This historic book may have numerous typos and missing text. Purchasers can download a free scanned copy of the original book (without typos) from the publisher. Not indexed. Not illustrated. 1901 edition. Excerpt: ...there are two parts (not indeed separable with microscopic accuracy, for the genius of great affairs abhors nicety of division): ...Read MoreThis historic book may have numerous typos and missing text. Purchasers can download a free scanned copy of the original book (without typos) from the publisher. Not indexed. Not illustrated. 1901 edition. Excerpt: ...there are two parts (not indeed separable with microscopic accuracy, for the genius of great affairs abhors nicety of division): first, those which excite and preserve the reverence of the population--the Dignified parts, if I may so call them; and next, the Efficient parts--those by which it in fact, works and rules. There are two great objects which every constitution must attain to be successful, which every old and celebrated one must have wonderfully achieved: every constitution must first Gain authority, and then Use authority; it must first win the loyalty and confidence of mankind, and then employ that homage in the work of government. There are indeed practical men who reject the dignified parts of government. They say, we want only to attain results, to do business: a constitution is a collection of political means for political ends, and if you admit that any part of a constitution does no business, or that a simpler machine would do equally well what it does, you admit that this part of the constitution, however dignified or awful it may be, is nevertheless in truth useless. And other reasoners, who distrust this bare philosophy, have propounded subtle arguments to prove that these dignified parts of old governments are cardinal components of the essential apparatus, great pivots of substantial utility; and so they manufactured fallacies which the plainer school have well exposed. But both schools are in error. The dignified parts of government are those which bring it force--which attract its motive power. The efficient parts only employ that power. The comely parts of a government Have need, for they are those upon which its vital strength depends. They may not do anything definite that a simpler polity would not do better; but they...Read Less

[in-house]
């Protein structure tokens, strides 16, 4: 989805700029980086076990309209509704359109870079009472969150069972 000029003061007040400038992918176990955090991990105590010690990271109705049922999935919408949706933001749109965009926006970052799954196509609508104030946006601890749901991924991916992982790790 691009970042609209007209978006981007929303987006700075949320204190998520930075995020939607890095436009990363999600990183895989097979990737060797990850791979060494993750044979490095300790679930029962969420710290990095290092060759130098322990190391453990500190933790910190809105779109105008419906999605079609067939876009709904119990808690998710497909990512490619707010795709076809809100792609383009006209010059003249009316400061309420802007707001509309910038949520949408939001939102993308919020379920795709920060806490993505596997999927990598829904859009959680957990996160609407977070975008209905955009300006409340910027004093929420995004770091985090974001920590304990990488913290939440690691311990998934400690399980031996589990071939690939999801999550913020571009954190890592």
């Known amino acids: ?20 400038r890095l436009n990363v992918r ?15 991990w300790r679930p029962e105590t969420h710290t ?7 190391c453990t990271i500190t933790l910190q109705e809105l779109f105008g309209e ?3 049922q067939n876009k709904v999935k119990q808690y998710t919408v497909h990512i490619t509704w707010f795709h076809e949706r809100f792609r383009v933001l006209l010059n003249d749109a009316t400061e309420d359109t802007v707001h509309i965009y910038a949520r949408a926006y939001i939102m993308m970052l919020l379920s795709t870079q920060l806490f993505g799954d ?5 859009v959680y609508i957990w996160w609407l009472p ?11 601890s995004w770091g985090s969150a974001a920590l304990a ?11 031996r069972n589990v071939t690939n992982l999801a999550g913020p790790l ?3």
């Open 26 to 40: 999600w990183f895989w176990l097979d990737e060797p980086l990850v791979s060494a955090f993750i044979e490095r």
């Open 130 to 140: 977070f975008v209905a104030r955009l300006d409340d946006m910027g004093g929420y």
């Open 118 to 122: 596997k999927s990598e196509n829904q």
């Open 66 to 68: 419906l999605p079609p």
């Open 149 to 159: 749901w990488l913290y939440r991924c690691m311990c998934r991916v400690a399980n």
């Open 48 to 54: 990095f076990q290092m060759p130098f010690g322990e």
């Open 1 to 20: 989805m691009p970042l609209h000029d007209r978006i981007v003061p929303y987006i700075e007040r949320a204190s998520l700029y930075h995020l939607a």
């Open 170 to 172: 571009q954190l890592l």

All Editions of The Federalist, a Commentary on the Constitution of the United States; Being a Collection of Essays Written in Support of the Constitution Agreed Upon September 17, 1787, by the Federal Convention
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